In the months following Hurricane Katrina in 2005, the Order’s Gulf States Disaster Relief Fund reached more than $10 million and Knights donated more than 100,000 hours of volunteer work to rebuild homes.

Following the devastating Jan. 12, 2010 earthquake in Haiti, the Supreme Council sent $50,000 within days to Catholic Relief Services in order to aid the Haitian people. By April, Knights of Columbus gave $576,000 to recovery efforts for Haiti, and later that month distributed 1,000 wheelchairs at the University of Miami/Medishare Hospital in Port-au-Prince.

Since opening the Father McGivney Food Bank in March 2010, Robert Valera and fellow Knights from Our Lady of Guadalupe Council 14101 in Queen Creek, Ariz., have served more than 2,500 local residents.

THROUGH COUNTLESS INITIATIVES and charitable activities, the Knights of Columbus has from its beginning come to the aid of children and families.

Last winter, with the number at risk of hunger far higher than usual and the number of those planning to give to charity lower than usual, the Order committed $1 million and legions of active volunteers to its “Food for Families” program to collect food and financially support food banks in the United States and Canada. Food for Families is one of the many projects in the Knights of Columbus “Neighbors Helping Neighbors” initiative, which began at a summit on volunteerism that the Knights organized in New York City in February 2009.

Meanwhile, various programs make up the Order’s “Help a Child in Need” campaign, which began in 2006 with a nationwide television appeal for donations to charities that support the needs of children. Last winter, through the K of C Coats for Kids program, approximately 10,000 winter coats were distributed in 20 cold-weather cities throughout North America.

A Knight visits with a Special Olympics athlete June 25, 2010, during the Ohio Summer Games.

Young athletes race in a track event during the first Special Olympics games, hosted in Chicago in 1968.

OVER THE PAST FOUR decades, the Knights of Columbus has raised and donated more than $382 million and tens of thousands of volunteer hours to programs for people with intellectual and physical disabilities. In 2005, the Knights began a four-year partnership that committed $250,000 annually to grow Special Olympics in North America and other parts of the world, while pledging even more volunteers for state and local games. In 2009, the K of C Board of Directors voted to renew the Order’s partnership for another four years.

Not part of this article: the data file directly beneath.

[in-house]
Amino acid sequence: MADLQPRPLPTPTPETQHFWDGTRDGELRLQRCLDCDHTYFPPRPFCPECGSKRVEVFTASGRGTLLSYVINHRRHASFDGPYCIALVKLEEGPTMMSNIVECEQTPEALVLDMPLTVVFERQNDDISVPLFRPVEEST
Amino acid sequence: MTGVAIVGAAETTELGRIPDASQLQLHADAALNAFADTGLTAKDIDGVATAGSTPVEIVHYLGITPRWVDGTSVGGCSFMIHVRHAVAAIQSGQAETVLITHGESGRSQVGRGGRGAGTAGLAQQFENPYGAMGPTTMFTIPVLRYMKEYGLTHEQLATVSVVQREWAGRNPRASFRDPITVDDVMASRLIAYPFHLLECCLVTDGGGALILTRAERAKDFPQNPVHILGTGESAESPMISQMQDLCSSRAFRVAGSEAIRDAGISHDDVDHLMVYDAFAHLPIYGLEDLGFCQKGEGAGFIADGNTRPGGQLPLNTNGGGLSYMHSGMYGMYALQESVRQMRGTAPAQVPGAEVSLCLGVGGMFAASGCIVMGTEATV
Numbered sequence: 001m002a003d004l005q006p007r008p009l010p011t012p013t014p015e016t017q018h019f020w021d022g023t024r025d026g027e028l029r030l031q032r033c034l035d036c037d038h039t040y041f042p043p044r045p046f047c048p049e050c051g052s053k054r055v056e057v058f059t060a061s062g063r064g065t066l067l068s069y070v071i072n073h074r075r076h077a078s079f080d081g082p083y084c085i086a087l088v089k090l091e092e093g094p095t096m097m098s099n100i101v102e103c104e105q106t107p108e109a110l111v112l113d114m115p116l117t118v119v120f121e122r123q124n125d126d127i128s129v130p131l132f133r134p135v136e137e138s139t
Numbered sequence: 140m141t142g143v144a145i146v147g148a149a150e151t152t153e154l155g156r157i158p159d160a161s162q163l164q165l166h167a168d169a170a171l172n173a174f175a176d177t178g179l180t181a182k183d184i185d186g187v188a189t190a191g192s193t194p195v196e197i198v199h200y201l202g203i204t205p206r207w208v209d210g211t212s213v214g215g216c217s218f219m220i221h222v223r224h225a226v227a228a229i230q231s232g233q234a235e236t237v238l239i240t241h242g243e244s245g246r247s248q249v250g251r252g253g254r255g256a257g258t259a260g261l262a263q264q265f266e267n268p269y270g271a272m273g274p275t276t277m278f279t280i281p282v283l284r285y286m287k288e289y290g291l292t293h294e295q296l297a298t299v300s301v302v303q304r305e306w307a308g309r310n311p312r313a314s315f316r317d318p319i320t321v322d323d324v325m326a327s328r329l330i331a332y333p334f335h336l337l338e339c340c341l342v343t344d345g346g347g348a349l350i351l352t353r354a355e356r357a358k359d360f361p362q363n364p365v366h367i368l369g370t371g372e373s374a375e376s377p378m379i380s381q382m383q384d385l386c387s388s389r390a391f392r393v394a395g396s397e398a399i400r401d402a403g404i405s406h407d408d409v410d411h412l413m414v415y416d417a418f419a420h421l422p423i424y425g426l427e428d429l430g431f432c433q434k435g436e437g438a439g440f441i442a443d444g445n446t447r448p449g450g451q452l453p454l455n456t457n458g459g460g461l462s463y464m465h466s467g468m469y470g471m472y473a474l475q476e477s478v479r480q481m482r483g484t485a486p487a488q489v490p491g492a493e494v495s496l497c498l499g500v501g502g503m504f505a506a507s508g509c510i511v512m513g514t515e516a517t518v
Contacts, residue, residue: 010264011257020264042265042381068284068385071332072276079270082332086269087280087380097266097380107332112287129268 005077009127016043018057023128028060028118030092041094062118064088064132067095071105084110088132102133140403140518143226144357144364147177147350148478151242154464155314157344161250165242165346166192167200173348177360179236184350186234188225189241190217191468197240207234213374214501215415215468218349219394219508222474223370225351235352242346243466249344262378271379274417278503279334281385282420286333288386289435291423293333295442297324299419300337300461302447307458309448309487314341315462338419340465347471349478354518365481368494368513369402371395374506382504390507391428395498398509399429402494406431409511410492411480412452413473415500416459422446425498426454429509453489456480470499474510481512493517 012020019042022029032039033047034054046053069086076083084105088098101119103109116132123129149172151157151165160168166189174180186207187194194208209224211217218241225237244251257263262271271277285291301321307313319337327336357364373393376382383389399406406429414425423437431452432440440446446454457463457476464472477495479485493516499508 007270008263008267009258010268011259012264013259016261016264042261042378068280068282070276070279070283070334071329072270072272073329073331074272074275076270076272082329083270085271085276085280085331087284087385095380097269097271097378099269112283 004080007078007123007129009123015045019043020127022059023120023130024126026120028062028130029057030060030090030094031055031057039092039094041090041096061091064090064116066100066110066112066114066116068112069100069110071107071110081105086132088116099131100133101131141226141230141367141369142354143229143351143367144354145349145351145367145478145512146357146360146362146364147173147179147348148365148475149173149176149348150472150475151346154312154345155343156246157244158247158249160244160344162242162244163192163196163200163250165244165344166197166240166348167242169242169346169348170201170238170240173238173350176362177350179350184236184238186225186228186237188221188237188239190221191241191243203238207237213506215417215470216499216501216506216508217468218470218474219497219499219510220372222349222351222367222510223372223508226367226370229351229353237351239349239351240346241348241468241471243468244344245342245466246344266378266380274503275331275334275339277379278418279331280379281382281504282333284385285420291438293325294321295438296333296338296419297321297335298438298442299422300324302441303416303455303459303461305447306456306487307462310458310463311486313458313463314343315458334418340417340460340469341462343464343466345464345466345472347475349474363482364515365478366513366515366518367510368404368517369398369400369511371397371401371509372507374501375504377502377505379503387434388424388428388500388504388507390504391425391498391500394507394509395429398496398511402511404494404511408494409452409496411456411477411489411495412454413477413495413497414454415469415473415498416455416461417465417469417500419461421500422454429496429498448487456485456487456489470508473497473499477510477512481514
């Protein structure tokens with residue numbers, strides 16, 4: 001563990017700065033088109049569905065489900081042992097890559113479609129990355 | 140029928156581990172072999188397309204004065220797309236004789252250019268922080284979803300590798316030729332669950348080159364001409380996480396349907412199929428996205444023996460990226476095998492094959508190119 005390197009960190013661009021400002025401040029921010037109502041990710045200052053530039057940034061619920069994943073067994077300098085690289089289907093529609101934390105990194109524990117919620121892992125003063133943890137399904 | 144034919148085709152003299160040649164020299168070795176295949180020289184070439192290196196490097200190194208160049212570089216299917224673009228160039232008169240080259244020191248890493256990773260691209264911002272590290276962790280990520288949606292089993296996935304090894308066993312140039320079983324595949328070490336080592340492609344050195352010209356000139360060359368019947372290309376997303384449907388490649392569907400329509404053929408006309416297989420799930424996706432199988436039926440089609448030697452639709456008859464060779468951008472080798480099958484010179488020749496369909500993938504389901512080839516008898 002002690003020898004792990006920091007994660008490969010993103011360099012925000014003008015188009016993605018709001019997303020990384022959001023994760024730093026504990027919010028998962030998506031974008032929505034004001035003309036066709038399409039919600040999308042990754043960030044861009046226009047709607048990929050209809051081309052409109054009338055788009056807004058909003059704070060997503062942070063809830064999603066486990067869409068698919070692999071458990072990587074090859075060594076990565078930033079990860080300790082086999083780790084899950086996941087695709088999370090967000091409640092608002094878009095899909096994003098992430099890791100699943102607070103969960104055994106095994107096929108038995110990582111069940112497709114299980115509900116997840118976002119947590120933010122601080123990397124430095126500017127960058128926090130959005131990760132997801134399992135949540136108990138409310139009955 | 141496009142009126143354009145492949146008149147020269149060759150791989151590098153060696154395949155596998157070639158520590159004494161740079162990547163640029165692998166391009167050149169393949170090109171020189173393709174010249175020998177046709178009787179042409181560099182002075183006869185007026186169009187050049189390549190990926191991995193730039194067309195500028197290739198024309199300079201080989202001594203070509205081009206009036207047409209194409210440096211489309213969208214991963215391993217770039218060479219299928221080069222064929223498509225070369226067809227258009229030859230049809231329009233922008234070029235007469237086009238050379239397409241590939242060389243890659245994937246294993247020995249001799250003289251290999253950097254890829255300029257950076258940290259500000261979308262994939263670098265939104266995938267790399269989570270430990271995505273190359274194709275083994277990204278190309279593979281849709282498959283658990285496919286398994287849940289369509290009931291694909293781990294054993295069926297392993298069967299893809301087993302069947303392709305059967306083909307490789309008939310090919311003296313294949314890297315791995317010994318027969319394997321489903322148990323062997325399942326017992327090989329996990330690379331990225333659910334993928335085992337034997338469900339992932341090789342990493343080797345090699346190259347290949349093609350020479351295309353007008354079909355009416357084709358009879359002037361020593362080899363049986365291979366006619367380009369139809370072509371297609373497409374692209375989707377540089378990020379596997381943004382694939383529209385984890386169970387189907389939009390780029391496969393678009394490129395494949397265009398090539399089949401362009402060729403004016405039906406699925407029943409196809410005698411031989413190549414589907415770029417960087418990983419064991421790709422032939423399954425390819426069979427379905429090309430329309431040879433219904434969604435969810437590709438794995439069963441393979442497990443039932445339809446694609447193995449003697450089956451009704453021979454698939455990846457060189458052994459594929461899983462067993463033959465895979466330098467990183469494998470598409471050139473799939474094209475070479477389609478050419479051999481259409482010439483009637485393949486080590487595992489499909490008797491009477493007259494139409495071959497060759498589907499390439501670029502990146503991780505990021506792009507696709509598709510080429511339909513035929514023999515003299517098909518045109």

In 2003, the Order also began participating in the Global Wheelchair Mission, which provides durable, low-cost wheelchairs to those in need. Knights in the United States and Canada have sponsored the distribution of some 20,000 wheelchairs in nearly 20 countries.

LAST YEAR, KNIGHTS volunteered 227,900 hours with Habitat for Humanity, assisting with everything from pouring foundations and framing walls to painting and landscaping. Councils frequently undertake other construction projects as well, such as refurbishing church property and building wheelchair ramps for people with limited mobility.

Meanwhile, the Order’s tireless dedication to building a culture of life is seen, in part, in its support of pregnancy resource centers. Popular programs like Knights of Columbus Pro-Life Baby Showers and baby bottle drives help to provide women and children with the resources they need. And since it launched in 2009, the Order’s Ultrasound Initiative has obtained nearly 50 ultrasound machines for medically certified pro-life centers throughout North America.

Of course, the Knights’ service to others is not limited to these examples. Throughout the Order’s history, Knights have responded to neighbors in need. As these needs change and new partnerships emerge, one thing will remain the same: Knights will practice charity above all.

View this photo essay in its entirety as it was published in Columbia.